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heh, thread is a few yrs old// till you and I posted, prior last post was Mon, Sep 23, 2002

Im in florida and need insurance this month from somebody as my insurer will not renew the home owner policy
:Reason: Hurricanes.

    Bookmark   July 1, 2006 at 7:03AM
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One other nasty thing: If you are buying a house, and the previous owners had claims, it can affect the cost of YOUR new insurance. In fact, it may prevent you from even getting insurance.

If you are planning to sell your house, you may want to avoid making claims too. It could ruin a sale if you are in escrow and the buyer discovers late in the game that the insurance will be exorbitant, or impossible to get.


    Bookmark   July 26, 2006 at 7:17PM
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jillofall's response was spot on!

I think that one of the worst things you can do is file a claim for water damage. Many homes have been condemned because of mold problems, and if your house has any history of water damage, not only will you find it dificult to get insurance, you might never be able to sell it.

    Bookmark   July 29, 2006 at 8:05AM
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I once had a leak around the flashing (?) of the chimney. Water seeped in through the chimney and down the wall. I paid for the roof repair myself, but filed a claim for carpet cleaning and drying. A week or so later the wall started getting mildew, so I notified the insurance company and was shocked when they told me there was no relationship between the wall getting soaked and the mildew. I wrote a letter to the state insurance commissioner with a copy to the insurance company and had two adjusters show up at my house a couple of days later. They inspected and agreed to repair the damage.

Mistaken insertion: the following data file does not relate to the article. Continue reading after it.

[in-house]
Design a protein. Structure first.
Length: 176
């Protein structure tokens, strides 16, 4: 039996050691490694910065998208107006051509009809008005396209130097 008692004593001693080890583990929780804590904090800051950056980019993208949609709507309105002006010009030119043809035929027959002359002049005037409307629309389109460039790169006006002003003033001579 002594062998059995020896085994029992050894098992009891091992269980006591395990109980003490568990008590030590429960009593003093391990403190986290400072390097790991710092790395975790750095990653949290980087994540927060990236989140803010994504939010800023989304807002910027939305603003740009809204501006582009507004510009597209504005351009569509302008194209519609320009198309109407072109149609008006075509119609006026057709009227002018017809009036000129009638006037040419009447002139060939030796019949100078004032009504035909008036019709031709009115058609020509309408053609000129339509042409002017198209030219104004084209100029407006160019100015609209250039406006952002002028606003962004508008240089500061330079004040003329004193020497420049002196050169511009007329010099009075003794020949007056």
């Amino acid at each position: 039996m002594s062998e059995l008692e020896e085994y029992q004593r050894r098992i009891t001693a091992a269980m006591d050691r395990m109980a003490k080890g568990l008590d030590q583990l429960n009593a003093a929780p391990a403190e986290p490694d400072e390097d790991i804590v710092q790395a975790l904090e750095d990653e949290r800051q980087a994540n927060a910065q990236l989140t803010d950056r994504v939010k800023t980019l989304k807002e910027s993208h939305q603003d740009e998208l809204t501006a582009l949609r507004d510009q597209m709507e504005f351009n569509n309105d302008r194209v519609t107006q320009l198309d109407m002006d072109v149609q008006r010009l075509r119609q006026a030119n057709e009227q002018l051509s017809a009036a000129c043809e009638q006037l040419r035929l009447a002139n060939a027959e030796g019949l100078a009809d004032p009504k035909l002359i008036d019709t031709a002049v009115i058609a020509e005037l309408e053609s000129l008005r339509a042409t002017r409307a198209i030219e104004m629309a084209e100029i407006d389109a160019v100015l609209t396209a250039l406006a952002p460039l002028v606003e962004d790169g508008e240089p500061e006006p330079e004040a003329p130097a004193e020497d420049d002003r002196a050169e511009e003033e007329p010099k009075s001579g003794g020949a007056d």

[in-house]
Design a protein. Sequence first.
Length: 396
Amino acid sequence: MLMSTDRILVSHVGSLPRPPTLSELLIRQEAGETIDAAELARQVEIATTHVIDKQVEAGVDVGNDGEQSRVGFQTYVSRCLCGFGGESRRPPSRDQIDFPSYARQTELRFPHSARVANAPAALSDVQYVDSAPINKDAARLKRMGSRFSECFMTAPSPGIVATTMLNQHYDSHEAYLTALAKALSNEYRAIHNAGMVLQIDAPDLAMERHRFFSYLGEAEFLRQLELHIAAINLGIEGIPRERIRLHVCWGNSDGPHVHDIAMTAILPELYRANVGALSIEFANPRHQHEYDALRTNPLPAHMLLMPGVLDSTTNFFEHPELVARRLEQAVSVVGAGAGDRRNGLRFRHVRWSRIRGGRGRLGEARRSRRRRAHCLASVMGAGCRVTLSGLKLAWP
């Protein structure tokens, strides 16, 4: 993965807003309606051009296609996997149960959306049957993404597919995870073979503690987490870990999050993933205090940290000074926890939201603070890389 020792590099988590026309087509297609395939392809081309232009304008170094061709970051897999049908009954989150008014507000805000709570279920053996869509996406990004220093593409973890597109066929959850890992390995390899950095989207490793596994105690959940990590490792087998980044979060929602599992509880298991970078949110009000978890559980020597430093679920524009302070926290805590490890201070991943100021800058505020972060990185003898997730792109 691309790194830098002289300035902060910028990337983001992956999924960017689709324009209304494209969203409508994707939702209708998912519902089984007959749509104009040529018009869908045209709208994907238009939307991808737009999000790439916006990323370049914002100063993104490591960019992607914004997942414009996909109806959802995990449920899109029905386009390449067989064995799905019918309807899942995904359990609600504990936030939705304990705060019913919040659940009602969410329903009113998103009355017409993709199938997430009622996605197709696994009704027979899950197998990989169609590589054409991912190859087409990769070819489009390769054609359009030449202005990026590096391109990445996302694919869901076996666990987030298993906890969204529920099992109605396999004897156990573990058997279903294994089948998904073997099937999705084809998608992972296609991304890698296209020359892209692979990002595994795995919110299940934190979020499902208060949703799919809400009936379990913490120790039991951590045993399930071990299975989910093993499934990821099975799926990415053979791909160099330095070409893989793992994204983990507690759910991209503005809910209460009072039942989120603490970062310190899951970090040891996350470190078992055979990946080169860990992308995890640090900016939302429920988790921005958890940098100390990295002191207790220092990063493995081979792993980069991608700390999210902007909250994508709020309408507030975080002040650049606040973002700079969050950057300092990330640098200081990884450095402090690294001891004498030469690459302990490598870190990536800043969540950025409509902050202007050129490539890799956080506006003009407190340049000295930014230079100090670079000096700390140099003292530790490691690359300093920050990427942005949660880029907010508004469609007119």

Bookmark   August 5, 2006 at 3:15AM
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mikie, I'm in FL too. Good luck finding insurance, I hope you're able to find a company with out resorting to Citizen's. I have heard that people being forced to use Citizen's are being charged 3&4 TIMES what they were paying previously before their insurance dropped them. We had minor roof damage from Wilma, didn't file a claim fearing we'd be dropped. Our premium was due in June, 1 week after receiving our payment they sent us a letter that they were dropping us, no explination. When DH called to find out why, they said they are no longer covering anyone with screen enclosures. HELLO, we never had a screen enclosure! We got it straightened out, but it showed how quick they are to drop us in FL. GOOD LUCK

    Bookmark   August 9, 2006 at 8:08PM